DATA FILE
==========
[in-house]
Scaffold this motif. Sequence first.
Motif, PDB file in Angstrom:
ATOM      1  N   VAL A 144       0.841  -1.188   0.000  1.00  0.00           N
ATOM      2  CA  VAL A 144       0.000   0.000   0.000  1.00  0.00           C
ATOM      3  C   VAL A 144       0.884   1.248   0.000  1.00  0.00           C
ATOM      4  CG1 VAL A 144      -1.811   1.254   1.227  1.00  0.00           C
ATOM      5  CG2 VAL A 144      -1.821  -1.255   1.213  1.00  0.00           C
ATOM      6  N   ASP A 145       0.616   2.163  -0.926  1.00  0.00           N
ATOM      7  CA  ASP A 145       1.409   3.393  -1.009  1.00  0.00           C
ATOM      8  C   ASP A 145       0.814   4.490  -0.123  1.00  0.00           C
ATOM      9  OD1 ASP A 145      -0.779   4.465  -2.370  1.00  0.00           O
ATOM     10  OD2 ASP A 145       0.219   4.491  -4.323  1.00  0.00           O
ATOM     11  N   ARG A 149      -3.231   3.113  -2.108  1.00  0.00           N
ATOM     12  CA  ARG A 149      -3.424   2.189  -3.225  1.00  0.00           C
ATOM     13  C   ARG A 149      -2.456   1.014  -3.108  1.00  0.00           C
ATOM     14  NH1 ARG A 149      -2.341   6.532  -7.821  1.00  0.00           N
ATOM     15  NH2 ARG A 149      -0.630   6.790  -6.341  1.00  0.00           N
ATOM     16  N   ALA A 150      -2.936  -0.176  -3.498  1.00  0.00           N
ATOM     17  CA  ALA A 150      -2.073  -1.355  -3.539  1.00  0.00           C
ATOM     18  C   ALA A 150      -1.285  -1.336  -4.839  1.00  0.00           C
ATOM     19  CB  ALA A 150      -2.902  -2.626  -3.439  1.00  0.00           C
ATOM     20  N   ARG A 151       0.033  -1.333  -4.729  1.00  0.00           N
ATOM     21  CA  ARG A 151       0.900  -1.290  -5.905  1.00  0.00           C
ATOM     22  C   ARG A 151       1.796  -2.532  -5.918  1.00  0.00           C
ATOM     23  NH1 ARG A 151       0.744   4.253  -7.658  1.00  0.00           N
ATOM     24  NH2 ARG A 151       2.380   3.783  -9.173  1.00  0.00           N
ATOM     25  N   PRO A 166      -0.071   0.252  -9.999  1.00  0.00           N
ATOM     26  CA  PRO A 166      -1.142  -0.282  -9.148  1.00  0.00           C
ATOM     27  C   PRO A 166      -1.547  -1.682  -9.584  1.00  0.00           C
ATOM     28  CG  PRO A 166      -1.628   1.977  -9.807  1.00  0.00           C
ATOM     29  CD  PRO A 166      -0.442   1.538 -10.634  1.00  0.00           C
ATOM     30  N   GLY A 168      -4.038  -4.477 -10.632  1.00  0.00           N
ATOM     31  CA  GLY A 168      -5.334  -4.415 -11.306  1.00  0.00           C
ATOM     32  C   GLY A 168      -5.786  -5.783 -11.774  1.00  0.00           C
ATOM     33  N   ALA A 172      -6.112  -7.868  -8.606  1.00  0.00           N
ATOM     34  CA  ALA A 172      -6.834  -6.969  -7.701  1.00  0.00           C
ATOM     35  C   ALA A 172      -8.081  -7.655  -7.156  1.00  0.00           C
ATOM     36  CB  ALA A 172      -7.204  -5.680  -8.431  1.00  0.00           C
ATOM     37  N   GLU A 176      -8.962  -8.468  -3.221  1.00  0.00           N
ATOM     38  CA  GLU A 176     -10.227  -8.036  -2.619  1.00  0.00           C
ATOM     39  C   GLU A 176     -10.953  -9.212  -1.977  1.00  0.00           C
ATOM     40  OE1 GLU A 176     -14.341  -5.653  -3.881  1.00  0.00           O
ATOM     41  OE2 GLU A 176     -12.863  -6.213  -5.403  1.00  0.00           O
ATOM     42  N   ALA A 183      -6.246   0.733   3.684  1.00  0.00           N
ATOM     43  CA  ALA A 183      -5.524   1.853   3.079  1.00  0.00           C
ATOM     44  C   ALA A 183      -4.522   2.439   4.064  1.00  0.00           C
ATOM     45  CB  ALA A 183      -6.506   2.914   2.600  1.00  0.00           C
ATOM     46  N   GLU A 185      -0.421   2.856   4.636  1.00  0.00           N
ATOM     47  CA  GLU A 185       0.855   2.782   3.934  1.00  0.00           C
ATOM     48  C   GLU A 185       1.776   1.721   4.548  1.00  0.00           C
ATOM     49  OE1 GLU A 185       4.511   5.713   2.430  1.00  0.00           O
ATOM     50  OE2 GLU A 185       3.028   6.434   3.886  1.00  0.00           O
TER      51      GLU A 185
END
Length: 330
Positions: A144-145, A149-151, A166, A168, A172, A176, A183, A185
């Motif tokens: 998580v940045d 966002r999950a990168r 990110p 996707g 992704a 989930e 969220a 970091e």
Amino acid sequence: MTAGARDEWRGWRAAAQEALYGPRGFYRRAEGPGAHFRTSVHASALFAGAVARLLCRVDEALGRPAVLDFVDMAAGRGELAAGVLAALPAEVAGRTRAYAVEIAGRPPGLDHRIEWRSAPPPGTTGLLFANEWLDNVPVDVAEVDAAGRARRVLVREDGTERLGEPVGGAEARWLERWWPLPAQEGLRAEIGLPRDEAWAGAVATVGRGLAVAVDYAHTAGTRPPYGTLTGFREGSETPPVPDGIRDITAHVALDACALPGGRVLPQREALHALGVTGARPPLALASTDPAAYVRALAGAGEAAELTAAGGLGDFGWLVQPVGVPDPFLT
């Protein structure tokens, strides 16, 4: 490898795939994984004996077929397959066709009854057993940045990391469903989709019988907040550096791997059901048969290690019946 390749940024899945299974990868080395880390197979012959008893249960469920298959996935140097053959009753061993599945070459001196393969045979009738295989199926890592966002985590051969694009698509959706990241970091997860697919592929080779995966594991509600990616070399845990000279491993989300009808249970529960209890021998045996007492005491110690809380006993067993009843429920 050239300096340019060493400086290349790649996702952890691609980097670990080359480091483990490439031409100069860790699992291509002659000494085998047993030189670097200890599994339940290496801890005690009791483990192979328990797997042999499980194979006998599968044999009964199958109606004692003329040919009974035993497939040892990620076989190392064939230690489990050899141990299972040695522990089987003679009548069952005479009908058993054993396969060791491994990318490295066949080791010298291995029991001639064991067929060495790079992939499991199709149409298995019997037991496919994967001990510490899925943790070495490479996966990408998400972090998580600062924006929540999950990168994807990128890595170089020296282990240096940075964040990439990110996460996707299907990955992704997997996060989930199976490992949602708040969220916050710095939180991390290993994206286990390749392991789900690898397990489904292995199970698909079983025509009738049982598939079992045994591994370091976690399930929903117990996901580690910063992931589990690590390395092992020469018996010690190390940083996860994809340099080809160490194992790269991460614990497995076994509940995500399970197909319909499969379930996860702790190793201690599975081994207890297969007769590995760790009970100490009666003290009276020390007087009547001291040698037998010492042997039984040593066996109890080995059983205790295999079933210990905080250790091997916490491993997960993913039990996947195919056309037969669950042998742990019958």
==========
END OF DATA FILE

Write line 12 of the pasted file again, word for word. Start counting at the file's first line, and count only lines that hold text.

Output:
ATOM      9  OD1 ASP A 145      -0.779   4.465  -2.370  1.00  0.00           O